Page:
Minding Design.

Linking behavioral science and the design of spaces, services, and objects.

Easy-to-pronounce products are seen as safer

What's important when choosing a (pharmaceutical) product name? Ease of pronunciation.

People are more willing to buy drugs with easy-to-pronounce names, because they perceive them to be safer. 

An unintended consequence is that people may also be more likely to take too-large doses of easily pronounceable drugs. 

In a recent study, participants were given drug bottles with different names - some that were easy to pronounce and some hard to pronounce.

"All bottles contained 200 mL of liquid drug (which was, in fact, colored water). For each drug, participants were asked to use a measuring cup (with capacity in mL) and one of six transparent cups to pour the amount of liquid drug that they would take during one entire week at the maximum."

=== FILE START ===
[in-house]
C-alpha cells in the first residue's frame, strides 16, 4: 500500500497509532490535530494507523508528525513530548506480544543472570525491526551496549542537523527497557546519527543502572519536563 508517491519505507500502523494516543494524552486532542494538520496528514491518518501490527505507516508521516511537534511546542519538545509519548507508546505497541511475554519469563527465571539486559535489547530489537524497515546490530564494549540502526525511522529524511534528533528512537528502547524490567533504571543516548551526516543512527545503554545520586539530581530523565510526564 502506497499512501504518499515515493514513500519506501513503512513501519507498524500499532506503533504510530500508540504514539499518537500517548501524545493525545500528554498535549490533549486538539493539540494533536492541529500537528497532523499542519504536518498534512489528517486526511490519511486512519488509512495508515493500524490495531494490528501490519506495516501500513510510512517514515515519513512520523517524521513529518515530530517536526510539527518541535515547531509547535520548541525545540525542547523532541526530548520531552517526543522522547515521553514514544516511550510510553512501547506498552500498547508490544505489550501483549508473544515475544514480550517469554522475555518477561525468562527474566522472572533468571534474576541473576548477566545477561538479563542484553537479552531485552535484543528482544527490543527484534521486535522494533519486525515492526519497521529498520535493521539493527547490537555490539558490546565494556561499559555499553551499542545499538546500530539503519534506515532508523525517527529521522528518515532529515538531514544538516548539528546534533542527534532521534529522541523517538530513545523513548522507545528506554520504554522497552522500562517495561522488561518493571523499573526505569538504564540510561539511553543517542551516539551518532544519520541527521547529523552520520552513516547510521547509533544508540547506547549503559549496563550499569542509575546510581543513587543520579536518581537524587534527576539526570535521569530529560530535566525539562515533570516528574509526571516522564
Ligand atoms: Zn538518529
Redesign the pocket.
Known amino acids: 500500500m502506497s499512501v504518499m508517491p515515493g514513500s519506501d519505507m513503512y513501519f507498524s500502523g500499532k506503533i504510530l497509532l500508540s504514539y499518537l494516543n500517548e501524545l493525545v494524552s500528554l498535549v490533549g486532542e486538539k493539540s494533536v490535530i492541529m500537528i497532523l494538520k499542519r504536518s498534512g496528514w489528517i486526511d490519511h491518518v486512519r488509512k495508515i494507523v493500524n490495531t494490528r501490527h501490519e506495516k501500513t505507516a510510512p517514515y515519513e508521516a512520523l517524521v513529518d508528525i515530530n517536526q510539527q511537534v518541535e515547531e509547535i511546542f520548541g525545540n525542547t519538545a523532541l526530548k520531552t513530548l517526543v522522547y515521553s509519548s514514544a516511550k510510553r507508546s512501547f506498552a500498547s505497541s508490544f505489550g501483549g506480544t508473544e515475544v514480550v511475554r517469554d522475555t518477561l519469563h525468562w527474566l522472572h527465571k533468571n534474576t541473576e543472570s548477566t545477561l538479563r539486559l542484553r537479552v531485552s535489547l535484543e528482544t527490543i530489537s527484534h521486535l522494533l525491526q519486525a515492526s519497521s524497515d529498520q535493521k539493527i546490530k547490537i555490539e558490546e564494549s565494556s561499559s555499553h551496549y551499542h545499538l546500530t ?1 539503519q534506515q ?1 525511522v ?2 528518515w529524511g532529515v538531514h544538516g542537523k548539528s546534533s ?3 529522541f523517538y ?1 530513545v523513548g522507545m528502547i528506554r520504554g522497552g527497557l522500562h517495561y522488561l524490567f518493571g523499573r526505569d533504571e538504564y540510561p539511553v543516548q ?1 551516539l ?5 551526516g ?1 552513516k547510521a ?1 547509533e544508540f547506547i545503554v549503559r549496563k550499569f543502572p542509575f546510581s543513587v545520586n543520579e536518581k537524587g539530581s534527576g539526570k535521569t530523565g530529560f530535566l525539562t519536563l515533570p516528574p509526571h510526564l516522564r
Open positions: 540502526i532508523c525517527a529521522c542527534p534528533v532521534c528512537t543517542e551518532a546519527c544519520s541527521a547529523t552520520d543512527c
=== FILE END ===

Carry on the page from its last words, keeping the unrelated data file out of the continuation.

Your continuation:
Participants chose higher doses for drugs with easy-to-pronounce (vs. hard-to-pronounce) names. This same effect held when they were pouring out doses for someone else.

Why was this? Drugs that had easy-to-pronounce names were judged to be more pleasant, and this reduced people's perceived risk of them and increased their dosage.

And this link between pronounceability and hazardousness doesn't just hold for drugs. For example, people perceive food additives with easy-to-pronounce names like Magnalroxate to be less hazardous than additives with hard-to-pronounce names like Hnegripitrom. Meanwhile, amusement park rides with hard-to-pronounce names are seen as more exciting and more likely to make you sick than rides with easy-to-pronounce names.

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